Tuesday, December 27, 2005

Meditation on Assumed Purpose and Intent-Finale

I hope you have enjoyed this most recent series of articles.

I will be out until Monday, while I am recording with my band.

I will return on Monday, with an article on 'Mrs. Kitty'.

Enjoy the rest of your week and your weekend.


Have you ever seen those flat bed trucks full of flattened cars?

One time one of those overturned on I-35 in Austin. It looked like the worst wreck our time had ever seen. All these flattened cars all over the road. It looked way more grisly than it really was.

Things don't always seem what they appear. They always are what they are.

At the turn of the 20th century there was an interesting composer by the name of Charles Ives. He approached music composing from a unique and non-standard point of view, and has influenced every major 20th century composer from Aaron Copland onward.

The idea of using American folk music in symphonic music, for example, was certainly used to great extent in the music of Copland, but he got the idea from Ives.

Ives also composed music that sounded like two bands passing by each other in a parade.

He would ask, in the introduction to his 200 Songs, "Why must a song always be a song?"

Why must anything be what it is? Why must we follow the accepted norms for any created thing?

This seems to be the question that a lot of 20th century art has asked, particularly the abstract, which seems to go as far as to ask why does anything have to be anything at all?

Assumed purpose and intent.

Meditation on Assumed Purpose and Intent, 3 of 4

When I was in junior high I used to walk around in auto salvage yards.

I used to like to go out there particularly to look at the older cars. In the dry climate that New Mexico is, old cars can last a long time. I saw some really desirable and interesting cars there.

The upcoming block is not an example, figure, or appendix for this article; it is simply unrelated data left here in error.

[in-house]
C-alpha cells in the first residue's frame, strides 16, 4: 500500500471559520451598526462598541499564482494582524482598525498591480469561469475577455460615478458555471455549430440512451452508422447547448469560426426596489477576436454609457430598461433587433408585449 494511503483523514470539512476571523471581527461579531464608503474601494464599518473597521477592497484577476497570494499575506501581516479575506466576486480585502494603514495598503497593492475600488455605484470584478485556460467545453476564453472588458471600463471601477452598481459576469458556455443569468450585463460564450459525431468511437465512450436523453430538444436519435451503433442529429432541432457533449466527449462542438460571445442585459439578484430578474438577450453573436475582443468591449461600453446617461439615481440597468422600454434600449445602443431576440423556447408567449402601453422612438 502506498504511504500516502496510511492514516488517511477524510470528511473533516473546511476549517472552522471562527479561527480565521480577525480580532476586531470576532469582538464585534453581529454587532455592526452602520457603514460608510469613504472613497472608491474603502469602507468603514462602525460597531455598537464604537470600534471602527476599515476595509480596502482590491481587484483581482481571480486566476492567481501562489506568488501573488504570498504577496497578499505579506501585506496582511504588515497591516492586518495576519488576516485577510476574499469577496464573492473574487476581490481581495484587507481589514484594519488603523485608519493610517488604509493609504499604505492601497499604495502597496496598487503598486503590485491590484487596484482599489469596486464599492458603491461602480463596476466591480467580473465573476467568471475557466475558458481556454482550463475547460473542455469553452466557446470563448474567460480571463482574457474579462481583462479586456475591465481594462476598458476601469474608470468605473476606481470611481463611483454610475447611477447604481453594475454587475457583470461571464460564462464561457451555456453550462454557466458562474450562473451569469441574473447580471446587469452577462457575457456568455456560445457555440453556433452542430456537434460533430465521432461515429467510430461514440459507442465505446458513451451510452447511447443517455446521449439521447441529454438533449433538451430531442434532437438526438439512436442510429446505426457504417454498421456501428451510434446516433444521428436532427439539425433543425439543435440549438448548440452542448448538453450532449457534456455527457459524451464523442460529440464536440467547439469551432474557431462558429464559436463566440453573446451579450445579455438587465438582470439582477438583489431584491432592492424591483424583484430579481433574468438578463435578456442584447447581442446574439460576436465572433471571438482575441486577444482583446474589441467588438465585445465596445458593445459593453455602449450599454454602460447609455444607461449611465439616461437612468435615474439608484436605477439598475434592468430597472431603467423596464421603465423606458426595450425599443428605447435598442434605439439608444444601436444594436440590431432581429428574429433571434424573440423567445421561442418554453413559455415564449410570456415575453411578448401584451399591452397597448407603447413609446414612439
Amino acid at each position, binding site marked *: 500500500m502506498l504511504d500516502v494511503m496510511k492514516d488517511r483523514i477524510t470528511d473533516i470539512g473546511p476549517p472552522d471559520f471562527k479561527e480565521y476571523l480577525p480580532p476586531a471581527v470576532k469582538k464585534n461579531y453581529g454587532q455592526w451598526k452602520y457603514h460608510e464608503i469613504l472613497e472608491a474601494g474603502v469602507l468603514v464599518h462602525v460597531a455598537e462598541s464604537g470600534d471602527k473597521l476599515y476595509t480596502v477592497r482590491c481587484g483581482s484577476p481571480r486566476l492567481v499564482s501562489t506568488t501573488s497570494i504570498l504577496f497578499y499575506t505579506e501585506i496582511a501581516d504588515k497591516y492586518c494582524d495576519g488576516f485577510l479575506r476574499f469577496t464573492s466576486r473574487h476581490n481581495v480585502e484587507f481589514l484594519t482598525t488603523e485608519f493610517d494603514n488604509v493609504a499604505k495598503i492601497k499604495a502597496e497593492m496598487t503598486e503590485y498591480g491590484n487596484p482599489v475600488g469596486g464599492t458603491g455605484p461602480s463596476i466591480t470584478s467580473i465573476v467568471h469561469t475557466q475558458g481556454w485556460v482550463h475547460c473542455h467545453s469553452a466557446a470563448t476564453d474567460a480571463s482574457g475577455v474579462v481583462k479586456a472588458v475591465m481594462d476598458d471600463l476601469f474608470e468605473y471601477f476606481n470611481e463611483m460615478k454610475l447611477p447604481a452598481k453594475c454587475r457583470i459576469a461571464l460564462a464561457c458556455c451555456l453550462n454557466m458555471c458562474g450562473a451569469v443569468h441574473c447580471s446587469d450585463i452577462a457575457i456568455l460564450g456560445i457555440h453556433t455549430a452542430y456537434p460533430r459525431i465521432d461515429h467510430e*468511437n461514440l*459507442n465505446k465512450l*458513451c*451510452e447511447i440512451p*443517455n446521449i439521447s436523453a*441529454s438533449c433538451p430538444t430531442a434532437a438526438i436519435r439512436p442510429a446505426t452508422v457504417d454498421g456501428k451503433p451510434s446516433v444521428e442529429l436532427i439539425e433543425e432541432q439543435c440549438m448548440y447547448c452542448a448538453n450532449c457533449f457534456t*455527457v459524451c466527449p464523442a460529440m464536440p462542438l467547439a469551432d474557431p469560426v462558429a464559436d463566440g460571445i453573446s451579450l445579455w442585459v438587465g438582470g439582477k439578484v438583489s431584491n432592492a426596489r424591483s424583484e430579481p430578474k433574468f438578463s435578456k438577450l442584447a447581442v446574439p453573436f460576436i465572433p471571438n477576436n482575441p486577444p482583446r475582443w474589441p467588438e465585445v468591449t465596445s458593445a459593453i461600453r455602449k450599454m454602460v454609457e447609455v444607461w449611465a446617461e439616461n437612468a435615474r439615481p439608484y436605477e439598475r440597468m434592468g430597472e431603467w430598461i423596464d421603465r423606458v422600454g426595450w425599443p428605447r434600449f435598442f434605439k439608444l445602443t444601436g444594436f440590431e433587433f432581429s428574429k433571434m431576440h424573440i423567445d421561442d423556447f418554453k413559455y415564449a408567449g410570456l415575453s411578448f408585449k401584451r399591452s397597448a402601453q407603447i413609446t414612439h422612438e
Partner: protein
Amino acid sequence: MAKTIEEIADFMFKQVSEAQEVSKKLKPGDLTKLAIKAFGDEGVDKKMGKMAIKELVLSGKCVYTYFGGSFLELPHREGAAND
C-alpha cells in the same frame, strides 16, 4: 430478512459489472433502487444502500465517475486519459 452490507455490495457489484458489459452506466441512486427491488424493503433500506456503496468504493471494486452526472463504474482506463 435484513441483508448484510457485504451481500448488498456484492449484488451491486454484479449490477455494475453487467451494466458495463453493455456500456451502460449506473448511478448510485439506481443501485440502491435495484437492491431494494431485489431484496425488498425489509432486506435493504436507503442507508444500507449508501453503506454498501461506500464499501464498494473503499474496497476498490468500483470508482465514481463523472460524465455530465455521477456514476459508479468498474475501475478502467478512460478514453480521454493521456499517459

Many were complete. The owner never parted out complete cars.

Others may have been missing a door or all doors, the windows gone, the motor might have been in the trunk.

These cars were frozen in time. Looking at them square in the grille they seemed to want to go. Their headlights, as if eyes wide open, anticipated forward movement, being driven again.

The seats waited in vain for people to sit, the ignition waited in vain for a car key.

The most that would ever happened is that somebody would come get another part off of it, or that it would rust, eventually, it would sold for scrap metal.

Some cars were wrecked, some worse than others. I saw one heap that had the roof cut off of it.

No matter the extent of their own immobility, they seemed oblivious to their condition or surroundings.

Assumed purpose and intent.

Meditation on Assumed Purpose and Intent, 2 of 4

I'm reminded of a gift that my grandma gave me when I was younger, maybe First Grade.

It was a Christmas gift, wrapped under the tree. It was round, about the height and shape of two rounded off tuna cans. Everytime you turned it around it would make a definite 'moo' noise like a cow.